After more than 10 years of debate the Peace Bridge expansion project may finally be getting off the ground. It calls for a larger Customs plaza on this side of the border. The problem has been the acquisition of 8 homes next to the Peace Bridge property. Seven homes have been acquired and crews are ready to demolish them. Preservation groups want to somehow save one of the houses – the Wilkeson House that dates back to 1863 and is on the city’s historic registry.

The owner of one other house is holding out but debris piled in front of the house seems to indicate the Peace Bridge Authority has come to an agreement with the owner. Once the properties are demolished, work can finally begin on improving the process of moving vehicles across the bridge.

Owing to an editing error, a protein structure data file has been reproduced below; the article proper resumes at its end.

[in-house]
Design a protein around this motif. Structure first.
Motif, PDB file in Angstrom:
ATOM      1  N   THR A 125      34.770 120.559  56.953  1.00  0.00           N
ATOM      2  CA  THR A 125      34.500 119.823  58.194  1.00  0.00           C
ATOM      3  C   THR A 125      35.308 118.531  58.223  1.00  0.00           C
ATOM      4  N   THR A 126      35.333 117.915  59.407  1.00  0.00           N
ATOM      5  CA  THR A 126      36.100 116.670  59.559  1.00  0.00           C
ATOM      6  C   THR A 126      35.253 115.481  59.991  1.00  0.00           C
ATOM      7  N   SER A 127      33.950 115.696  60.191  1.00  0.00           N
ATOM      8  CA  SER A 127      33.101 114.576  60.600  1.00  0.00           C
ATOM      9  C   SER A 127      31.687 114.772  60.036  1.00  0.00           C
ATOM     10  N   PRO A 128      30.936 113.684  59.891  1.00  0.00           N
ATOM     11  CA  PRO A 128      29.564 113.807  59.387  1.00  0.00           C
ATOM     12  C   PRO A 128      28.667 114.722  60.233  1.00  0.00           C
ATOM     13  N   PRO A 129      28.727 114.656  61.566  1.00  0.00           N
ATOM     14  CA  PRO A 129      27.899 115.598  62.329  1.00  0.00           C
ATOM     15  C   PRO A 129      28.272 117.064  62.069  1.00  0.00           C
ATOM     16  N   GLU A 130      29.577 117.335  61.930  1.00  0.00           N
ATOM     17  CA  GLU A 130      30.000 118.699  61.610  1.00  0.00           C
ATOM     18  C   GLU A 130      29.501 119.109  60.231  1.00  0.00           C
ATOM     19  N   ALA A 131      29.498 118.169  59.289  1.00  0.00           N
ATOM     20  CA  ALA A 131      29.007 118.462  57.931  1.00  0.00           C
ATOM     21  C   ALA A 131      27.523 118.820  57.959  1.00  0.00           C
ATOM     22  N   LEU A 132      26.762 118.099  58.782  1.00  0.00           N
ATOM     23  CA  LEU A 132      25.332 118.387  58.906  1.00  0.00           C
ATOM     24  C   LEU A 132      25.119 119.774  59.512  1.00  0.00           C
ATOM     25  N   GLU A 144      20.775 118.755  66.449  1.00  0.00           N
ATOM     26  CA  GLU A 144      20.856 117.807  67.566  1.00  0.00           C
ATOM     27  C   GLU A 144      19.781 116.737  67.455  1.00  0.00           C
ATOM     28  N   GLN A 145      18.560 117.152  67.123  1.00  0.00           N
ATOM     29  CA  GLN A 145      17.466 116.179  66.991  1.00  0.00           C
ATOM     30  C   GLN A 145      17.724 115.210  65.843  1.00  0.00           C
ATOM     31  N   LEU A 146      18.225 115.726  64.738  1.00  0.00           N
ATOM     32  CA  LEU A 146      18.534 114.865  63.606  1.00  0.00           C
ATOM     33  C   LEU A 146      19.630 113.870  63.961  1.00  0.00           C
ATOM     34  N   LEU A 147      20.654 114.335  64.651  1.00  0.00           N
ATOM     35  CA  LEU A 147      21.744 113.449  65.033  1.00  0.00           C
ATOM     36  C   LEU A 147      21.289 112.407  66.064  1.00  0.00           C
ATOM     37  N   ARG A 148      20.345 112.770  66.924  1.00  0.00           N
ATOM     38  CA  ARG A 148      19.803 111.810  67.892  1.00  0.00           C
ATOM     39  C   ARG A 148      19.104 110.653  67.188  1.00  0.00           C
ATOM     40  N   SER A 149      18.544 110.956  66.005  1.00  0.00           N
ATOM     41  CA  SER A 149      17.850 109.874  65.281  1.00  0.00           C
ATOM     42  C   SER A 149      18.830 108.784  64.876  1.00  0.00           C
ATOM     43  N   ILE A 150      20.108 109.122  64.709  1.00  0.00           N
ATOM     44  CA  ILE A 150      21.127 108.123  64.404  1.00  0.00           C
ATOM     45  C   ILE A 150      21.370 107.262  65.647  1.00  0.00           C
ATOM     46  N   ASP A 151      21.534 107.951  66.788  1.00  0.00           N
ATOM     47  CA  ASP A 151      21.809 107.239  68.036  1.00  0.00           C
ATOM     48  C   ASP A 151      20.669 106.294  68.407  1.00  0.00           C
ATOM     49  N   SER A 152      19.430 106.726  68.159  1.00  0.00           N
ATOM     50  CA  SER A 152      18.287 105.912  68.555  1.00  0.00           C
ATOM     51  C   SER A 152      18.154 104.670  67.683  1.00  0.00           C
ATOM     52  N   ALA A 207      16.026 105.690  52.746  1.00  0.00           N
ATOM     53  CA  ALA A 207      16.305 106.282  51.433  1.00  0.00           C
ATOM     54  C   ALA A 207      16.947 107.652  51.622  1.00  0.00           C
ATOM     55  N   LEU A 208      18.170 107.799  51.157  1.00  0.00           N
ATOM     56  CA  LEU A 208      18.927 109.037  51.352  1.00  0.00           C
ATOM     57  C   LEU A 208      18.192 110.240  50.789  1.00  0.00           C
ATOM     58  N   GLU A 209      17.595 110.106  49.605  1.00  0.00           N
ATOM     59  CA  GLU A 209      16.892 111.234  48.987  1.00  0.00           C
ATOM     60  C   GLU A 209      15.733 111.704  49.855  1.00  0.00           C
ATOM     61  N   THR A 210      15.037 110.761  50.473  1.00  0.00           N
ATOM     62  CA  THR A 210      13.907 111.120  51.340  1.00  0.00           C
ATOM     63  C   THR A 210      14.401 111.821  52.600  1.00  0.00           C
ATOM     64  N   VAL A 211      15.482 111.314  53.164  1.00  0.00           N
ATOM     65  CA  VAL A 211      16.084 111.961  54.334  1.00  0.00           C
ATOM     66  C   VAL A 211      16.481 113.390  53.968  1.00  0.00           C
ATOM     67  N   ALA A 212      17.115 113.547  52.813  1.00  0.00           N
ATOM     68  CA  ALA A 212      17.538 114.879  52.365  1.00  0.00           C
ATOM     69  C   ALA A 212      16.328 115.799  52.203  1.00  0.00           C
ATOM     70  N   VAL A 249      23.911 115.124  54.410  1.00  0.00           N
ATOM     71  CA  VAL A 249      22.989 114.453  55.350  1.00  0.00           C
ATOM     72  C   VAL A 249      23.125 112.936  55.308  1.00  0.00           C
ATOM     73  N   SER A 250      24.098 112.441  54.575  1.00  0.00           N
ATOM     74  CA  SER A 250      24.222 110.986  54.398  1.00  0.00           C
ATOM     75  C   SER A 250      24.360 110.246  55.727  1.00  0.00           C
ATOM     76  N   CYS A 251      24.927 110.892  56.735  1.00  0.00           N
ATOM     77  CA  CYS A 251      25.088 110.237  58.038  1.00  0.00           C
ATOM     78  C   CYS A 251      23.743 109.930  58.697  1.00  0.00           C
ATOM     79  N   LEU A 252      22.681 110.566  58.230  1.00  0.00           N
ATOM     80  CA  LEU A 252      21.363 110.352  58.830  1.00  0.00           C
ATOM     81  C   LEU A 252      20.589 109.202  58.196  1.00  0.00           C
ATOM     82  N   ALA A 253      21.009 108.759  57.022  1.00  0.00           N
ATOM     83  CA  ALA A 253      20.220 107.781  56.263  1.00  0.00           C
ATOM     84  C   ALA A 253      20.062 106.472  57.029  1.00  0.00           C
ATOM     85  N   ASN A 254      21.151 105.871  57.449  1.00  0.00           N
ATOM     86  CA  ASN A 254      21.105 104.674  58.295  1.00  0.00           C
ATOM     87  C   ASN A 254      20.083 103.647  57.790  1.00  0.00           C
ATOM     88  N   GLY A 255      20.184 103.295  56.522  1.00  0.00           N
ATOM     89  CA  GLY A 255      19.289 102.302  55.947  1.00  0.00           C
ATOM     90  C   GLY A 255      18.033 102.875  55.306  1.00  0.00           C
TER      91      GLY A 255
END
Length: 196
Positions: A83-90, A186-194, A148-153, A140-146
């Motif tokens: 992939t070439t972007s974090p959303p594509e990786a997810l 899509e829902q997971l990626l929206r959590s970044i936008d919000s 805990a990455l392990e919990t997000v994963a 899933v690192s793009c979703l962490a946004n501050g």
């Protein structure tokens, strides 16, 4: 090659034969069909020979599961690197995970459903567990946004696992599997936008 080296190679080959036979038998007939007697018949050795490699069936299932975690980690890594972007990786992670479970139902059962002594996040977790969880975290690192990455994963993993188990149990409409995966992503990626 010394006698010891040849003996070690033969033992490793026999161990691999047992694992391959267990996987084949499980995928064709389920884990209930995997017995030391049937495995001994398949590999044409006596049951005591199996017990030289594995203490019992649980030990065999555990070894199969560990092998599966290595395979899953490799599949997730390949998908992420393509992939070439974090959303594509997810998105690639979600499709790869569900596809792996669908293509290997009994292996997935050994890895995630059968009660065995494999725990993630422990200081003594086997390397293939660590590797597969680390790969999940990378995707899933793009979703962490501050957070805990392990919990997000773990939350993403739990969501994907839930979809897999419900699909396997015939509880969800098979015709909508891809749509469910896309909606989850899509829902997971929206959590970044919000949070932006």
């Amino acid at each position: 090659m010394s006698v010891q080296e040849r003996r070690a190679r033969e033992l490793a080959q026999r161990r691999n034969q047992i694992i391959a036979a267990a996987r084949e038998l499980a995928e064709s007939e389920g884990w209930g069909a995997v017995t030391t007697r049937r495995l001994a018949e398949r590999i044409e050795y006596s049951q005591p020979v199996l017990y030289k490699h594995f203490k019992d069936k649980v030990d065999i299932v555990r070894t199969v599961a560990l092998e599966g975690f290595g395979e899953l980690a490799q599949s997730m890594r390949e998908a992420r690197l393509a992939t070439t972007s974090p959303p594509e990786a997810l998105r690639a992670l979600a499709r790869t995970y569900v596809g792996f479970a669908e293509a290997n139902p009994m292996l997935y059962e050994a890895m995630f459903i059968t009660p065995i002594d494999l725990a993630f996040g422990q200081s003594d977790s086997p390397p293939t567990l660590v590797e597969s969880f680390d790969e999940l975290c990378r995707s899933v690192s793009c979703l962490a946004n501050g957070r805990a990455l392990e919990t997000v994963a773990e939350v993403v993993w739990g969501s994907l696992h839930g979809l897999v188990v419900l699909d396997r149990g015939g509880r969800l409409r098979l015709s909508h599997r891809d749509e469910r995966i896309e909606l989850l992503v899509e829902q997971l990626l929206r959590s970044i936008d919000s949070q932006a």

It’s called the Peace Bridge because when it opened it recognized 100 years of peace between the United States and Canada. Construction began in 1925 and was completed in 1927. It was opened to traffic for the first time on June 1st, 1927 and became the only entry point between the United and Canada on the Great Lakes.

More than 506,000 vehicles crossed the Peace Bridge last month.

More than 6,000,000 vehicles used the Peace Bridge last year.

The Peace Bridge processed more than 7.2-million vehicles in 2003.

Today – the Peace Bridge is the third-busiest U.S. – Canada border crossing.